Mix toothpaste with beer and you won’t believe what can result.

Beer is one of the oldest and most widely consumed alcoholic drinks in the world.

It is also the third most popular drink overall after water and tea. Beer is brewed from cereal grains—most commonly from malted barley, though wheat, maize (corn), and rice are also used. During the brewing process, fermentation of the starch sugars in the wort produces ethanol and carbonation in the resulting beer. Most modern beer is brewed with hops, which add bitterness and other flavours and act as a natural preservative and stabilizing agent.

Other flavoring agents such as grit, herbs, or fruits may be included or used instead of hops. In commercial brewing, the natural carbonation effect is often removed during processing and replaced with forced carbonation.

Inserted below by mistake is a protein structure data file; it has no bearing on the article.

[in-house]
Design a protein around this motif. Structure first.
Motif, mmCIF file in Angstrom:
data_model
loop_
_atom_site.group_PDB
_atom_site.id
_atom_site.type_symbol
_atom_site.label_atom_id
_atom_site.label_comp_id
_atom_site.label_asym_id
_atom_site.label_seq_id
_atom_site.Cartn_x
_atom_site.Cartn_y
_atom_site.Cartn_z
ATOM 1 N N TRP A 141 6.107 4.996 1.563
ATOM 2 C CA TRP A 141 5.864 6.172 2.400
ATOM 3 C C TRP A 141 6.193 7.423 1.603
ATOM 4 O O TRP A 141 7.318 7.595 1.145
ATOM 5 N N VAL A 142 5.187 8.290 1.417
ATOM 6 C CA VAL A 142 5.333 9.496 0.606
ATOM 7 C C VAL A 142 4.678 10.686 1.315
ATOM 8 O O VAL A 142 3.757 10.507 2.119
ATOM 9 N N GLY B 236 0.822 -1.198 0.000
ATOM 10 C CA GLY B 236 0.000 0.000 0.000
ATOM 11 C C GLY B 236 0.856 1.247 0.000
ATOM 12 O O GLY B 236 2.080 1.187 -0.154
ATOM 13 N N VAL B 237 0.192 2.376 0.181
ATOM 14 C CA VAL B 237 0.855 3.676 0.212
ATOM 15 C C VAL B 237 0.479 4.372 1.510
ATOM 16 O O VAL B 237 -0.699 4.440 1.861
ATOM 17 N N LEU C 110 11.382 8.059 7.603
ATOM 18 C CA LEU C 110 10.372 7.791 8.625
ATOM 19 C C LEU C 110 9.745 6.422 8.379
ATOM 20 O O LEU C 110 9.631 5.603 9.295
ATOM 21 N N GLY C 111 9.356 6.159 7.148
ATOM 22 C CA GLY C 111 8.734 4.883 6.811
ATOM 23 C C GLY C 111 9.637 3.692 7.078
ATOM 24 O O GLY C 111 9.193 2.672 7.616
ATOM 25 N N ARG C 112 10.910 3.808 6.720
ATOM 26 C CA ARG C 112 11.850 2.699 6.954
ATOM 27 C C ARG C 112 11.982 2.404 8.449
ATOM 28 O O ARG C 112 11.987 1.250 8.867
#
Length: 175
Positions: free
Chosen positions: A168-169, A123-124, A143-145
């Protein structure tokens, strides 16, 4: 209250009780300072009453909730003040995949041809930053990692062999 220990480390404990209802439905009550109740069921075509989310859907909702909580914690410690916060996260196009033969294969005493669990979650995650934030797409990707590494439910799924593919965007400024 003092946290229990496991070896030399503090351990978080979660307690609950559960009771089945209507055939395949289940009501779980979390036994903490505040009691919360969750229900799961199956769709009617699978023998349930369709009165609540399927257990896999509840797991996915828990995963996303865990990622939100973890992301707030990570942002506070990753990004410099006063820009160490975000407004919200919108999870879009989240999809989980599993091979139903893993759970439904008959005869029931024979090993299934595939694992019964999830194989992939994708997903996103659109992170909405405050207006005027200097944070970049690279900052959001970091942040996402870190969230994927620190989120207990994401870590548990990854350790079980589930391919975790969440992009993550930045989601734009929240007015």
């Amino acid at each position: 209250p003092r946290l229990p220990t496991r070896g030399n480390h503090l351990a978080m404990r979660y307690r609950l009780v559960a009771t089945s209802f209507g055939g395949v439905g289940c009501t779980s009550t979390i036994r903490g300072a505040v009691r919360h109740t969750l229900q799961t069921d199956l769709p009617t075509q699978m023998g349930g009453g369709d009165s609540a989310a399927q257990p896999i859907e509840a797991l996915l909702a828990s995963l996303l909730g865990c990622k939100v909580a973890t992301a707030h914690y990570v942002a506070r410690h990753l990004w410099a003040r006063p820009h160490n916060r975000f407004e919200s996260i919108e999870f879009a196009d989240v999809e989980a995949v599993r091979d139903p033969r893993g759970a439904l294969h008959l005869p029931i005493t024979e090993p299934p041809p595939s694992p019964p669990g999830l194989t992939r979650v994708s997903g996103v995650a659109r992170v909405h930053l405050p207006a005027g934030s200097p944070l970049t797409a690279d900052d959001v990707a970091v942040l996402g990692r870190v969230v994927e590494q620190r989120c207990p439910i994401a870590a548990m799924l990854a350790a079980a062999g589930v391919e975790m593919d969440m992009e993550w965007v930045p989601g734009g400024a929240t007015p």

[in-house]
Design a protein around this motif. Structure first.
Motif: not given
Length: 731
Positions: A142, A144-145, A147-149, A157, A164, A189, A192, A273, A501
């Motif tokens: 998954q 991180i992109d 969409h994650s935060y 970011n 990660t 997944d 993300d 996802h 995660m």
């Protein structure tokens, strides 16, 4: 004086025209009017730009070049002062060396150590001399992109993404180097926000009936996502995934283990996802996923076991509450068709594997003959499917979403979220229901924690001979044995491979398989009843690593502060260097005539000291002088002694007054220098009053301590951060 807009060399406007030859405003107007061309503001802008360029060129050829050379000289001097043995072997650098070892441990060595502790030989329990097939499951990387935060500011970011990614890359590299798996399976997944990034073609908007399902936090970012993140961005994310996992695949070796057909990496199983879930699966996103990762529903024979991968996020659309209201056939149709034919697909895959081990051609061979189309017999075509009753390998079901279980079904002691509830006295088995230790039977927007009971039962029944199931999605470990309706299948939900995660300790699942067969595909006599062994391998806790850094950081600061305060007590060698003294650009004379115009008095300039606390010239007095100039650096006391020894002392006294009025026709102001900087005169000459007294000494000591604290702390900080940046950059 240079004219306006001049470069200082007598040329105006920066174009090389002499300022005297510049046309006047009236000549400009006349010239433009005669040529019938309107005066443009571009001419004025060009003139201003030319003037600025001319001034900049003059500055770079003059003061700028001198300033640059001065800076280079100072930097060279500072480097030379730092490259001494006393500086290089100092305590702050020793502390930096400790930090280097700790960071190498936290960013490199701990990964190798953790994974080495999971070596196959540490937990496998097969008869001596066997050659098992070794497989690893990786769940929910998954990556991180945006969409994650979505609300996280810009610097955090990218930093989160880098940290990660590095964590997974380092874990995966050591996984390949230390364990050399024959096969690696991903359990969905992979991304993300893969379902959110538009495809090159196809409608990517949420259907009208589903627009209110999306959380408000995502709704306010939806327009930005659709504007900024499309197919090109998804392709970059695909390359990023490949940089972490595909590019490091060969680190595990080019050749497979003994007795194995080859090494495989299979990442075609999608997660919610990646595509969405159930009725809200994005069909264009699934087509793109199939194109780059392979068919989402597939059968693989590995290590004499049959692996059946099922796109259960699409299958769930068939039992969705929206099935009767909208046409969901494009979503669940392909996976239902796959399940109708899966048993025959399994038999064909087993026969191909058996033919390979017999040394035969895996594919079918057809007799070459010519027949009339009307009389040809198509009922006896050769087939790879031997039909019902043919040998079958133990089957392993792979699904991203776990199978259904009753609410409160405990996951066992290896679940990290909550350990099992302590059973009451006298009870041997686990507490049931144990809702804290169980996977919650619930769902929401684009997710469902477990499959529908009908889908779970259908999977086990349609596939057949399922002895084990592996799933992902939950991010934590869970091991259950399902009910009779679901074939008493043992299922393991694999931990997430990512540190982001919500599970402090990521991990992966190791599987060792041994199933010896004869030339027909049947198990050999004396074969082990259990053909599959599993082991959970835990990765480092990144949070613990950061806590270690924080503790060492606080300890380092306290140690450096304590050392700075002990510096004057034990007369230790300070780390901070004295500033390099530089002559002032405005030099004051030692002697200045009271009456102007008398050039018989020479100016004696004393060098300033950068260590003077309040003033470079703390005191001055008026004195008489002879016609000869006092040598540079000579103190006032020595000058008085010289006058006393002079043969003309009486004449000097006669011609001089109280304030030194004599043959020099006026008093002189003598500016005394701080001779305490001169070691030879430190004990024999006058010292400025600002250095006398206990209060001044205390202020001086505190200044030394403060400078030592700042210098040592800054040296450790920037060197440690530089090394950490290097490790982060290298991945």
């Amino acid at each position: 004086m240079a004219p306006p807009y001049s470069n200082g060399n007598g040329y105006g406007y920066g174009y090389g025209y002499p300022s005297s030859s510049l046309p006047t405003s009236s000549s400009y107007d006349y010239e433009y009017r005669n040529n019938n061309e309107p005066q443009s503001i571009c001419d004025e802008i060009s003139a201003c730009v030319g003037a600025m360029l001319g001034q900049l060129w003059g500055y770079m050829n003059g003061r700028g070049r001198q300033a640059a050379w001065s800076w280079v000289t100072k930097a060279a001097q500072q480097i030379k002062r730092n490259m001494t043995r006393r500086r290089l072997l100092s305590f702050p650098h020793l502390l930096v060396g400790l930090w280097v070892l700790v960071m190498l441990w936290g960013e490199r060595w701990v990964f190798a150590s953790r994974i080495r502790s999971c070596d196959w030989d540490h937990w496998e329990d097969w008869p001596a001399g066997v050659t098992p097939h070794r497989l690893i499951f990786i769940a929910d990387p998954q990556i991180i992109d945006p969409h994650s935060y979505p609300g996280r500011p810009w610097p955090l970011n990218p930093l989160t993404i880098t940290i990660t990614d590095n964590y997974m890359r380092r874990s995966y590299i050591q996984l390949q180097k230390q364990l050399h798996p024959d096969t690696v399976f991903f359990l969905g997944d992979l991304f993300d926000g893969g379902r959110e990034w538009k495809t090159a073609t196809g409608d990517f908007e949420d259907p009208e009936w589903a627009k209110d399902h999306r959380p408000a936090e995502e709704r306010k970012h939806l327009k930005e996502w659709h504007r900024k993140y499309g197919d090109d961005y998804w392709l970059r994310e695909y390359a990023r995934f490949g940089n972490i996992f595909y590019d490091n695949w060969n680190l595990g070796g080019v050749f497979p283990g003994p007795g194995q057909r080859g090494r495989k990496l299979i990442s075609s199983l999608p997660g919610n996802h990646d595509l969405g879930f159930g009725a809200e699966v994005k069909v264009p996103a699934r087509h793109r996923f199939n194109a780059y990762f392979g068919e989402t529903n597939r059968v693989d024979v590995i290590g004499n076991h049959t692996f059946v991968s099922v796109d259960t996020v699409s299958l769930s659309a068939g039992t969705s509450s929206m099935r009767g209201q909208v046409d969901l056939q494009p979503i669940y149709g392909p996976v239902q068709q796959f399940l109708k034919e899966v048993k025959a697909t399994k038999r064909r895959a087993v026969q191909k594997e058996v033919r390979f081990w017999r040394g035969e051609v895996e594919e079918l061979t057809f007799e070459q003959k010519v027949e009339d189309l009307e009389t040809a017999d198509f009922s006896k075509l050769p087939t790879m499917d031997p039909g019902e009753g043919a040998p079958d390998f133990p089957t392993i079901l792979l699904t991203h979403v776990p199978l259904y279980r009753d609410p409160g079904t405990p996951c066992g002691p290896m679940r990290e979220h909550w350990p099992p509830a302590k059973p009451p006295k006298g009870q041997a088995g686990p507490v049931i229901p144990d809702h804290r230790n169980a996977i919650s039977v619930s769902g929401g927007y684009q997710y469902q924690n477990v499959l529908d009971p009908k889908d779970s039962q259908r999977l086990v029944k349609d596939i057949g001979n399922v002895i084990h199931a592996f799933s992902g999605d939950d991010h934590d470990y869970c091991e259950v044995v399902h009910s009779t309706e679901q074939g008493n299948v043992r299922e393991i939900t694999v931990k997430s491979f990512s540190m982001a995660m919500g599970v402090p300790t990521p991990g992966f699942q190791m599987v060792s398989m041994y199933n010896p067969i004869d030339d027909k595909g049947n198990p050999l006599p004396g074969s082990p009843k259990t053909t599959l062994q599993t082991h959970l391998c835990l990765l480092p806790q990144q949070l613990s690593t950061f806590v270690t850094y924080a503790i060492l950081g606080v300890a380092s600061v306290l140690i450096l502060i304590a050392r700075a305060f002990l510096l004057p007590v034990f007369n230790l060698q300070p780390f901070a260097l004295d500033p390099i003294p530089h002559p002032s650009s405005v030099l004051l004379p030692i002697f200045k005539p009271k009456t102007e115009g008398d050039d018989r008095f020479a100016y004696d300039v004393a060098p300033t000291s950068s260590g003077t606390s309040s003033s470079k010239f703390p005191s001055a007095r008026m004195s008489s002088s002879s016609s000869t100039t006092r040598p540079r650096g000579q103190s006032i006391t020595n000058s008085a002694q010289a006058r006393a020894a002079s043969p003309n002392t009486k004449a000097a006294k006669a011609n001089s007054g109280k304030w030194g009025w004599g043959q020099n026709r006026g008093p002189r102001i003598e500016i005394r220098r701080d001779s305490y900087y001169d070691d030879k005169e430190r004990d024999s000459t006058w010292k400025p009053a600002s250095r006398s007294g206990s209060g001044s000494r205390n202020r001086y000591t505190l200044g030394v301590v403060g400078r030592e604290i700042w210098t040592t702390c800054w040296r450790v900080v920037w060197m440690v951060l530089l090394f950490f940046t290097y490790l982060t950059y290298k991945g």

Beer is one of the most popular drinks. Thousands or even millions of people in the world have drunk it. In addition, interest in craft beers is growing more each day, as breweries and local microbreweries keep cropping up. With all this interest in beer, many people are asking the question. Then does beer cause discoloration of teeth? But apparently not all types can cause tooth discoloration, and here are some types of beer and the risk of tooth discoloration

Light Beers

Light Beers is a beer (usually a Pilsner) that is reduced in alcohol content or in calories compared to regular beers. Light beers may be chosen by beer drinkers who wish to manage their alcohol consumption or their calorie intake. However, they are sometimes criticised for being less flavourful than full-strength beers, or for tasting or actually being watered down.